tv CBS Evening News With Scott Pelley CBS December 28, 2015 5:30pm-6:00pm PST
>> glor: >> glor: no charges against police officers in the shooting death of 12-year-old tamir rice in cleveland. also tonight, a giant storm system crawls across the country dumping snow and ice after tornadoes tore through texas. >> we are at nature's will, whether we're going to live or die. >> glor: an environmental disaster with no end in sight. thousands flee a methane leak in southern california. and, he was king of his court. farewell to meadowlark lemon. >> he's up to something. he's done it. captioning sponsored by cbs this is the "cbs evening news" with scott pelley. >> glor: good evening. scott's off tonight. i'm jeff glor. an ohio grand jury today declined to indict two white cleveland police officers, timothy loehmann and frank garmback, in the shooting death of 12-year-old tamir rice. rice was shot in november of
waving a gun in a park. it turned out to be a toy. the prosecutor called the incident an absolute tragedy, but not a crime. demarco morgan is in cleveland. >> simply put, given this perfect storm of human error, the state's miscommunication by all involved that day, the evidence did not indicate criminal conduct by police. >> reporter: cuyahoga county prosecutor tim mcginty says this enhanced video shows 12-year-old tamir rice was pulling a pellet gun out of his waistband when he was shot. >> he either intended to hand it over to the officers or show it wasn't a real gun, but there was no way for the officers to know it. they saw the events unfolding in front of them from a different perspective. >> reporter: the prosecutor said the radio dispatcher was to blame for not telling the police that the gun may have been fake and the suspect may have been
911 call. reporter: but the radio dispatcher told the officers this: >> reporter: officer loehmann shot rice within two seconds of pulling up to the scene with his training officer frank garmback. the county's public corruption unit chief says officers trained to shoot quickly when they believe a suspect may open fire. >> it is clear that had these officers known this was possibly a child and the gun was possibly a toy, that would not have considered this incident to have been so serious and most certainly would have used different tactics. >> reporter: walter madison represents the rice family. >> there was an expectation that this would be the outcome of the grand jury process, but there's nothing like knowing.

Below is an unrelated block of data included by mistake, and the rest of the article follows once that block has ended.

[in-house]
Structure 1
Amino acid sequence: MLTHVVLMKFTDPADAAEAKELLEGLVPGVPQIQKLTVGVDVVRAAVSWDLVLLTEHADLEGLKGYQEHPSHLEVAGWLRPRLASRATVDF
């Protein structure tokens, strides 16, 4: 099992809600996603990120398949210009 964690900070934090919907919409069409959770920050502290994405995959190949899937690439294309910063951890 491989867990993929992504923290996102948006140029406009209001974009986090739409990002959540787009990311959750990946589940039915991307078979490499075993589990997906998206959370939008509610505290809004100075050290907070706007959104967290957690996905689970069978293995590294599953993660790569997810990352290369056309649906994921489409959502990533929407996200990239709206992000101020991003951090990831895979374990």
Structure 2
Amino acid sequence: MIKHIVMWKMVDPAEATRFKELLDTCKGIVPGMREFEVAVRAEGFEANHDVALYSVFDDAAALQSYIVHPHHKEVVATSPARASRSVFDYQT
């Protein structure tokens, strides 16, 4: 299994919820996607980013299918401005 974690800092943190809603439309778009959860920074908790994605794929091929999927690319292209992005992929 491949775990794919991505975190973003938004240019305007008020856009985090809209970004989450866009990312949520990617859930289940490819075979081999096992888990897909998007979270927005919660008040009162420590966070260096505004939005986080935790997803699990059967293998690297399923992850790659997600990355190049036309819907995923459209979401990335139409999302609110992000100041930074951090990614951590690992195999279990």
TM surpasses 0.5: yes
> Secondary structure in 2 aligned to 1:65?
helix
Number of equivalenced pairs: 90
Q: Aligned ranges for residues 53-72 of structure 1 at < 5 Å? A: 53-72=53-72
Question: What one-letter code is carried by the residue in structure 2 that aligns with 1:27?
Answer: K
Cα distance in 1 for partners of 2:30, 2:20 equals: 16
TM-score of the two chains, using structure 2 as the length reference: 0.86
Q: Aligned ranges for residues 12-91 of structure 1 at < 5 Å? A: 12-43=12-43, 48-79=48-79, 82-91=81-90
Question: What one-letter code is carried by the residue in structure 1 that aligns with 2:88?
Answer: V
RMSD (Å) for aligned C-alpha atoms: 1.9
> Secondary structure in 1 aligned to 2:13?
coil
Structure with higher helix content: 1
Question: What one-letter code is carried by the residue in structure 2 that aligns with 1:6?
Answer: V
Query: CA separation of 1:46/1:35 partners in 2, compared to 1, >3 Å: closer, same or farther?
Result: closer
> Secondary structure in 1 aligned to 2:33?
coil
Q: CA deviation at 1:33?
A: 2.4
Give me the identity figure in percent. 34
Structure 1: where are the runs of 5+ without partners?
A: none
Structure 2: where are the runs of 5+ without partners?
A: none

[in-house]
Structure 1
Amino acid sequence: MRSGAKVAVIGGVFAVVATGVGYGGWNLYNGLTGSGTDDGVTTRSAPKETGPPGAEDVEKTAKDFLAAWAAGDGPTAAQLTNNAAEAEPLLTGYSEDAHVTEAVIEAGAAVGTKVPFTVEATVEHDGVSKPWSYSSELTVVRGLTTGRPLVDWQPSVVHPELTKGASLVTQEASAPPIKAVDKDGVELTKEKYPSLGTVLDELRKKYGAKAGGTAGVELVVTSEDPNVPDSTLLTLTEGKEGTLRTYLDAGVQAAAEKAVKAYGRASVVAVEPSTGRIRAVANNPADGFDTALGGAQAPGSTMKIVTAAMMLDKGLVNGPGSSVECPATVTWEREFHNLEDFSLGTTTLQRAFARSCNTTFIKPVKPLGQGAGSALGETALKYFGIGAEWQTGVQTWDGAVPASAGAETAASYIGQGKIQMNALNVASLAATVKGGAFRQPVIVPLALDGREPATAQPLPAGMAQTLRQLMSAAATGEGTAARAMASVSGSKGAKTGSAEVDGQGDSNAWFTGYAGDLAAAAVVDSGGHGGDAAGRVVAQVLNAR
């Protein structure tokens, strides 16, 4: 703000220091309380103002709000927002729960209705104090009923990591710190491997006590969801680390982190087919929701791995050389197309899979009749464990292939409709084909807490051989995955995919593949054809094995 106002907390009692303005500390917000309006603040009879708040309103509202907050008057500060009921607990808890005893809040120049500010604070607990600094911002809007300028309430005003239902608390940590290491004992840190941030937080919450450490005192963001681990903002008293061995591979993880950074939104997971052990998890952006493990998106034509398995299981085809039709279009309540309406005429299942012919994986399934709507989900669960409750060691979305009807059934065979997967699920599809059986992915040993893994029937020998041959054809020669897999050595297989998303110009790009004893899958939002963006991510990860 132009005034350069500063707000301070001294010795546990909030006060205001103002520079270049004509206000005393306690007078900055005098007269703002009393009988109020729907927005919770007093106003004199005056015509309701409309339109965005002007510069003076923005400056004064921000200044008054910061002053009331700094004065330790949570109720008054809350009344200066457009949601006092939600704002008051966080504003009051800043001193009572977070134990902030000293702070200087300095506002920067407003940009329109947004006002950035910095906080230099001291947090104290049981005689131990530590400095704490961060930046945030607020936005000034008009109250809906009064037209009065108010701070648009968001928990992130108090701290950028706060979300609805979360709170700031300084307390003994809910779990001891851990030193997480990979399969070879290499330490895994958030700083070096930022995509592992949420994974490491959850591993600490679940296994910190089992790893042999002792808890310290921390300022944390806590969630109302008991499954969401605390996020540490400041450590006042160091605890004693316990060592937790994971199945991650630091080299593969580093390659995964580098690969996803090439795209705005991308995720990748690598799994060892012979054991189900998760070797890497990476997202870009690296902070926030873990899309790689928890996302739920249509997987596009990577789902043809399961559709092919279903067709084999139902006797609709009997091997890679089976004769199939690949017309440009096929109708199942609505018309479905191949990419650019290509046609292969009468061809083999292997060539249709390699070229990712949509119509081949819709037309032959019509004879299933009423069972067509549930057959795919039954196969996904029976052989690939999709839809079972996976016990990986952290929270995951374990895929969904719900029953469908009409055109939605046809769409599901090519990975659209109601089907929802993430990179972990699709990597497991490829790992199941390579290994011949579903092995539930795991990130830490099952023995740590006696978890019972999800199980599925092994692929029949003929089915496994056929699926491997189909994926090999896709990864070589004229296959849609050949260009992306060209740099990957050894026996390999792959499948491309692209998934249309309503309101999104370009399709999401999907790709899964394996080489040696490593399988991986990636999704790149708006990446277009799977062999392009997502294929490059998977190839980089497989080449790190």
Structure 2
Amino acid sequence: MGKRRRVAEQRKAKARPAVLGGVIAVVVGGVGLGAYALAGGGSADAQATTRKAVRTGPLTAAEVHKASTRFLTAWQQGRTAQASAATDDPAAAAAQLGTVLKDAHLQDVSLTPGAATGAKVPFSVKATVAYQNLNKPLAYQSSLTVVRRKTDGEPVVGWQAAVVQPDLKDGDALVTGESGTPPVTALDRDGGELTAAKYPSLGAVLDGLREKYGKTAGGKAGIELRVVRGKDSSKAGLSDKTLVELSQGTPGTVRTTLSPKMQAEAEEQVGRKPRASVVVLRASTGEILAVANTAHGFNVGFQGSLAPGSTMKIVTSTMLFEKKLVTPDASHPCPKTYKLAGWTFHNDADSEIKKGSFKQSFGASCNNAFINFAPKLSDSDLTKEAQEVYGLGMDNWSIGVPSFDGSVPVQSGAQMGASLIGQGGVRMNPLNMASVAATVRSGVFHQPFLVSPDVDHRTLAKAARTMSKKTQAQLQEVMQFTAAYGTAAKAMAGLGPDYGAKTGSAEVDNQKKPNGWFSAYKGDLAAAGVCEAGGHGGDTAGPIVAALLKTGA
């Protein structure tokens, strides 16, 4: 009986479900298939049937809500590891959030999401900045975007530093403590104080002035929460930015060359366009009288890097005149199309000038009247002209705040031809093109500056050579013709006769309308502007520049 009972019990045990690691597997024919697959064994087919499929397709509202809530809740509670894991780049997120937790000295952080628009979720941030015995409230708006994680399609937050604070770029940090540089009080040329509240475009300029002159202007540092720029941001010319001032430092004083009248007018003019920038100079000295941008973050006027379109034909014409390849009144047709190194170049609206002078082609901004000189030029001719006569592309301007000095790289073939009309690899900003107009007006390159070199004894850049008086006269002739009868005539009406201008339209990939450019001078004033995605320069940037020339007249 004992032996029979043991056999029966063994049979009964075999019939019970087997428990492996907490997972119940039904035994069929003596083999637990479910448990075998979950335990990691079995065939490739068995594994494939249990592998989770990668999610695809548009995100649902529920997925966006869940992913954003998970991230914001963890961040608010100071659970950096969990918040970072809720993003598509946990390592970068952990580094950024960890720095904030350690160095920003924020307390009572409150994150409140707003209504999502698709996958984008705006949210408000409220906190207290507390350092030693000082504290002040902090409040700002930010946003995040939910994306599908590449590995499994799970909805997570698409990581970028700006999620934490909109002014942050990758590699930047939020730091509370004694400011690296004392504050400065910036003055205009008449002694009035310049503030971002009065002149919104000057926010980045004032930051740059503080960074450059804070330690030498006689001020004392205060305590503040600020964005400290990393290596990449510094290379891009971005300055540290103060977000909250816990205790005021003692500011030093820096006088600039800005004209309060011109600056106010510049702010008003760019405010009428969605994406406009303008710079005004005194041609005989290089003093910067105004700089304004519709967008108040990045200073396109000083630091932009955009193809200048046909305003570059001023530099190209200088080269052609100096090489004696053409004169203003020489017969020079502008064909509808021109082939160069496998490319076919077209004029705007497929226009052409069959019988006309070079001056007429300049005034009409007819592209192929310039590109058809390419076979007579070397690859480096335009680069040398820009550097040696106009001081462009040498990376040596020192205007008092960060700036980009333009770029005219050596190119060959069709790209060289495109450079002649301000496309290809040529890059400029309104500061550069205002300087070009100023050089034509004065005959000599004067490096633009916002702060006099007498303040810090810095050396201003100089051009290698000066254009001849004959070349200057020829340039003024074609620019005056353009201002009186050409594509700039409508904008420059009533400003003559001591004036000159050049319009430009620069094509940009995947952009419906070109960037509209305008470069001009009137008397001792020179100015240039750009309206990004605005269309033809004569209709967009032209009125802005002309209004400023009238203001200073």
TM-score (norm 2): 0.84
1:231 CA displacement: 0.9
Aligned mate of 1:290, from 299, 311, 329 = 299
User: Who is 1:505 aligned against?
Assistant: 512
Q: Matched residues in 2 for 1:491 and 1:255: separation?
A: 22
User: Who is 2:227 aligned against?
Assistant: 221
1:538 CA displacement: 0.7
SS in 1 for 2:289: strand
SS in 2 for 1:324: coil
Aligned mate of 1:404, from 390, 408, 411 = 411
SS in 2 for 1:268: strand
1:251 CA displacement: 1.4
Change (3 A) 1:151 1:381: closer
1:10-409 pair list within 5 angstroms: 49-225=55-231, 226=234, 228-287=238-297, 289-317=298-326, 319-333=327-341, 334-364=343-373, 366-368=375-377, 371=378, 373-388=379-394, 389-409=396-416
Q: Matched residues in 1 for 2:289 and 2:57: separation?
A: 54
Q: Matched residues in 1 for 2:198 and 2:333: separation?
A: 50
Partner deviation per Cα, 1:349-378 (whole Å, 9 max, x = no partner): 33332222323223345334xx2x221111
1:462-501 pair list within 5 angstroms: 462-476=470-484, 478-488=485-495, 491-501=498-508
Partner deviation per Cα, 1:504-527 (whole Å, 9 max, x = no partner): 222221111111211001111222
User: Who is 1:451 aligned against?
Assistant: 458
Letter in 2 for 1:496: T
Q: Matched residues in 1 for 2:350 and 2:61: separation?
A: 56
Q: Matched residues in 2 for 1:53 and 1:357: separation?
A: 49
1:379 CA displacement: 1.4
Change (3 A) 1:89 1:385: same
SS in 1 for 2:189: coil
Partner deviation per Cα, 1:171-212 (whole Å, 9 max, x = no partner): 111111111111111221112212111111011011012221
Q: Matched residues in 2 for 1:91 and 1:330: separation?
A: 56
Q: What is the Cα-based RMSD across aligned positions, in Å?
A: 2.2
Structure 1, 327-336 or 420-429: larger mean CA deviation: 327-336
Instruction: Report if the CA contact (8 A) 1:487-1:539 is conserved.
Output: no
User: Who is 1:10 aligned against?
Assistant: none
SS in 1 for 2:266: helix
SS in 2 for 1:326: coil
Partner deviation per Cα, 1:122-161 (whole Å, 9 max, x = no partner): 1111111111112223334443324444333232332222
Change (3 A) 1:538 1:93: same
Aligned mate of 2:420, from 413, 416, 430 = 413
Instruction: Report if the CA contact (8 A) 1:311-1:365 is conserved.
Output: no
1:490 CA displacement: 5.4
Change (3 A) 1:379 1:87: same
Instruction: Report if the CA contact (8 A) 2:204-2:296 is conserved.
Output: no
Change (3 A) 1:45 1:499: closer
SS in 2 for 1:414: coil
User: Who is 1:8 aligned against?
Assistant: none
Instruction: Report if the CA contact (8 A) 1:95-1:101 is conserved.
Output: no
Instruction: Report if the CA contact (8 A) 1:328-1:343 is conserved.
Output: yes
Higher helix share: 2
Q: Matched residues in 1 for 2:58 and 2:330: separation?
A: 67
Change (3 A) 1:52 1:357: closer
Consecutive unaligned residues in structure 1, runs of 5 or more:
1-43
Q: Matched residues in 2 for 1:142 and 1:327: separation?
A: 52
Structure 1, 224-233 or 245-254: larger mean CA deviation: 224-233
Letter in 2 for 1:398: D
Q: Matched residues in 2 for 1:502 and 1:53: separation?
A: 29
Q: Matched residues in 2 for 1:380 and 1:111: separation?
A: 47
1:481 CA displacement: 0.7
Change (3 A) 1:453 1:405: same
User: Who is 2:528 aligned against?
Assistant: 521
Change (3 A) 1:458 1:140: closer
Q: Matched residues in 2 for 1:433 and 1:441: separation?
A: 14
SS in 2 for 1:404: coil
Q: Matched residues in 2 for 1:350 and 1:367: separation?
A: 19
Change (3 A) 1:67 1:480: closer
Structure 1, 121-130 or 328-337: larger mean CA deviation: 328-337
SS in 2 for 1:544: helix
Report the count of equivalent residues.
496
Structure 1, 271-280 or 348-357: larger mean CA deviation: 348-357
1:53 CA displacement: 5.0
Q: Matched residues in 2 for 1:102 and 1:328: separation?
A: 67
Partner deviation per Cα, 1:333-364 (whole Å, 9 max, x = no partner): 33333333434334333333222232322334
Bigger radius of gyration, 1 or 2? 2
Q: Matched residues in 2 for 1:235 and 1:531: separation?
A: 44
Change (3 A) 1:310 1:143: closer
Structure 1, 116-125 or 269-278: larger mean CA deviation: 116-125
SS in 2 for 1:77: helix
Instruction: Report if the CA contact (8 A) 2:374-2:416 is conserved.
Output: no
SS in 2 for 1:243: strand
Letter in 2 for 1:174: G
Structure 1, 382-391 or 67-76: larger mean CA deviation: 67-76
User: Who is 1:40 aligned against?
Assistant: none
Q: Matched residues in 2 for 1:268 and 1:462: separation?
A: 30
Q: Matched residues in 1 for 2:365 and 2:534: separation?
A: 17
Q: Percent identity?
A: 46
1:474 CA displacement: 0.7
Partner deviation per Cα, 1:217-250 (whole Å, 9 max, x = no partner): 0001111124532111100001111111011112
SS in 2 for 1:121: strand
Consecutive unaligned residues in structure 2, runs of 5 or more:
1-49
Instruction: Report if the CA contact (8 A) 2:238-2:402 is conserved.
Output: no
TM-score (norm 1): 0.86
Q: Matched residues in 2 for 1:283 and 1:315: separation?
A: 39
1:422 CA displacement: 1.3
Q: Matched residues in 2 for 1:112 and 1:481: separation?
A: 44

live with that. >> reporter: now, jeff, the family of tamir rice complained the officers were allowed to give statements to the grand jury and were not asked questions, something they say would never happen if a civilian were accused. the officers remain under restricted duty. >> glor: demarco morgan in cleveland tonight. in another major story tonight, the storm system that left a path of devastation in the south is heading north and east, adding more ice and snow to the lethal mix of severe weather. at least 47 deaths are reported in seven states since an outbreak of tornadoes in the south last week. the storms also brought flooding to alabama and significant travel delays. mark strassmann begins our coverage in el reno, oklahoma. mark? >> reporter: jeff, take a look at this branch, iced over like so much of this community. police have urged residents to stay off of iced roads, but that often means staying inside houses that have no heat.
ice one inch thick coated roads and made driving treacherous. tractor-trailers skidded into trouble. nearly 200,000 people are without power. brad and sarah ayers and their three kids need someplace warm to sleep tonight. without power, their house feels almost as cold inside as outside. what's the worst part? >> having little ones and it being cold, getting real cold. i mean, the outside, you can get rid of all the limbs, but in here it gets pretty cold. >> reporter: the huge winter storm's impact stretched from oklahoma to new mexico. interstate 40 closed for more than 200 miles from albuquerque to the texas state line. in amarillo, texas, winds gusted up to 50mph, nearly 15 inches of snow created drifts that buried cars. in eastern oklahoma, that same storm system brought heavy rains and flooding.
to crest at 29 feet. since saturday, nearly ten inches of rain has fallen in talaqa, where brian berry lives. >> we normally get 40 inches a year. we got a fourth of that this weekend. it's a crazy year. >> reporter: and a crazy month for the ayers family. they lost power for five days over thanksgiving when another ice storm hit el reno. >> it's starting to get old. oh, definitely. they're trying to do what they can, but it that takes a long time to get this many people up with power. >> reporter: this massive pile is el reno's official dumping ground for folks who live here over the last two ice storms. the residents have brought all the branches and limbs that have fallen on their property and stuck them here, and, jeff, this pile just keeps on growing. >> glor: mark strassmann, thank you. texas bore the brunt of the weekend storms where at least 11 tornadoes were reported. david begnaud is in rowlett, texas.
when the tornado hit. >> oh, my gosh, it's big. >> reporter: this one was 550 yards wide with winds of nearly 180mph. for 13 miles, it plowed through the cities of garland and rowlett. constance rose's home was nearly demolished. two rooms were untouched, the closets where she and her family, including her two-year- old granddaughter, took shelter. >> and the house is mess. >> i know. it's a miracle that we got out alive. >> reporter: nearby, karen swearingen also hid in a closet with her boyfriend and her son trevor who is deaf. >> and it's dark. we had no electricity. and i'm trying to comfort him, and it's the only way i could communicate is to hold his hands and i just kept signing, god save us, just god save us, god